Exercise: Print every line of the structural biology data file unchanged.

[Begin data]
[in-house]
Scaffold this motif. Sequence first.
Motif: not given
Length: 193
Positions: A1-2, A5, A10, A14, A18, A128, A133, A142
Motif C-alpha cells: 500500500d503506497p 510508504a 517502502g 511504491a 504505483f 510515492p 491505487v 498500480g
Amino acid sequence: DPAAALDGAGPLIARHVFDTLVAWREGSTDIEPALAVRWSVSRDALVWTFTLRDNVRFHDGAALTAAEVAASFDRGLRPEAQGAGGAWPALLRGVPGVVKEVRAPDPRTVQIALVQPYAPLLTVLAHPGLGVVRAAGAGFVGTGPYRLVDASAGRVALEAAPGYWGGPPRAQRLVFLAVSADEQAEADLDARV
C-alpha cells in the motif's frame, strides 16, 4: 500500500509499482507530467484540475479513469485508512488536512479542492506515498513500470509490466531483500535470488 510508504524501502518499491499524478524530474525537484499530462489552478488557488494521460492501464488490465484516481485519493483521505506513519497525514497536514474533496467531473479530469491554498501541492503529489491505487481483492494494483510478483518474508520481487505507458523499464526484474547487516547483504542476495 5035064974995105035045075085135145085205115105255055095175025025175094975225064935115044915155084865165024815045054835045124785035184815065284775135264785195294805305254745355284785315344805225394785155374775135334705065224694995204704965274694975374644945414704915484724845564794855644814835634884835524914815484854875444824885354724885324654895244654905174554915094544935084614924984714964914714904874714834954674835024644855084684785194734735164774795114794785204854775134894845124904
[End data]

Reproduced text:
[in-house]
Scaffold this motif. Sequence first.
Motif: not given
Length: 193
Positions: A1-2, A5, A10, A14, A18, A128, A133, A142
Motif C-alpha cells: 500500500d503506497p 510508504a 517502502g 511504491a 504505483f 510515492p 491505487v 498500480g
Amino acid sequence: DPAAALDGAGPLIARHVFDTLVAWREGSTDIEPALAVRWSVSRDALVWTFTLRDNVRFHDGAALTAAEVAASFDRGLRPEAQGAGGAWPALLRGVPGVVKEVRAPDPRTVQIALVQPYAPLLTVLAHPGLGVVRAAGAGFVGTGPYRLVDASAGRVALEAAPGYWGGPPRAQRLVFLAVSADEQAEADLDARV
C-alpha cells in the motif's frame, strides 16, 4: 500500500509499482507530467484540475479513469485508512488536512479542492506515498513500470509490466531483500535470488 510508504524501502518499491499524478524530474525537484499530462489552478488557488494521460492501464488490465484516481485519493483521505506513519497525514497536514474533496467531473479530469491554498501541492503529489491505487481483492494494483510478483518474508520481487505507458523499464526484474547487516547483504542476495 5035064974995105035045075085135145085205115105255055095175025025175094975225064935115044915155084865165024815045054835045124785035184815065284775135264785195294805305254745355284785315344805225394785155374775135334705065224694995204704965274694975374644945414704915484724845564794855644814835634884835524914815484854875444824885354724885324654895244654905174554915094544935084614924984714964914714904874714834954674835024644855084684785194734735164774795114794785204854775134894845124904